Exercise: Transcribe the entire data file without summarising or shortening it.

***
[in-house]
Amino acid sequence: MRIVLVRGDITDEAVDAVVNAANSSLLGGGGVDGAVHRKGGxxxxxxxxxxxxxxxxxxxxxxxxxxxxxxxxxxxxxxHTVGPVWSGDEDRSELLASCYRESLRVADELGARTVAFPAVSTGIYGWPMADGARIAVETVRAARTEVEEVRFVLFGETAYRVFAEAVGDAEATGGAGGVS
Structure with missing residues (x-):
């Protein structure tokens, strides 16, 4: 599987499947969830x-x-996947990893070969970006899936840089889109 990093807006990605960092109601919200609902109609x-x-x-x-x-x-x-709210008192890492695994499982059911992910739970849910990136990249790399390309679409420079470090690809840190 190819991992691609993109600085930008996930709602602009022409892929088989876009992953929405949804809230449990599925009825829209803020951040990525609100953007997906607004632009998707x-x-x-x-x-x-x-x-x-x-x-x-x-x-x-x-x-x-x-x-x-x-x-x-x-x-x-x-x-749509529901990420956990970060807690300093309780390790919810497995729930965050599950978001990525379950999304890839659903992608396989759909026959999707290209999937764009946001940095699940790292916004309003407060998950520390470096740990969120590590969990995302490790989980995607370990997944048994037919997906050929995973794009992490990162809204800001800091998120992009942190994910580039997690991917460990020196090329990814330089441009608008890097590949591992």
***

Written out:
[in-house]
Amino acid sequence: MRIVLVRGDITDEAVDAVVNAANSSLLGGGGVDGAVHRKGGxxxxxxxxxxxxxxxxxxxxxxxxxxxxxxxxxxxxxxHTVGPVWSGDEDRSELLASCYRESLRVADELGARTVAFPAVSTGIYGWPMADGARIAVETVRAARTEVEEVRFVLFGETAYRVFAEAVGDAEATGGAGGVS
Structure with missing residues (x-):
């Protein structure tokens, strides 16, 4: 599987499947969830x-x-996947990893070969970006899936840089889109 990093807006990605960092109601919200609902109609x-x-x-x-x-x-x-709210008192890492695994499982059911992910739970849910990136990249790399390309679409420079470090690809840190 190819991992691609993109600085930008996930709602602009022409892929088989876009992953929405949804809230449990599925009825829209803020951040990525609100953007997906607004632009998707x-x-x-x-x-x-x-x-x-x-x-x-x-x-x-x-x-x-x-x-x-x-x-x-x-x-x-x-x-749509529901990420956990970060807690300093309780390790919810497995729930965050599950978001990525379950999304890839659903992608396989759909026959999707290209999937764009946001940095699940790292916004309003407060998950520390470096740990969120590590969990995302490790989980995607370990997944048994037919997906050929995973794009992490990162809204800001800091998120992009942190994910580039997690991917460990020196090329990814330089441009608008890097590949591992």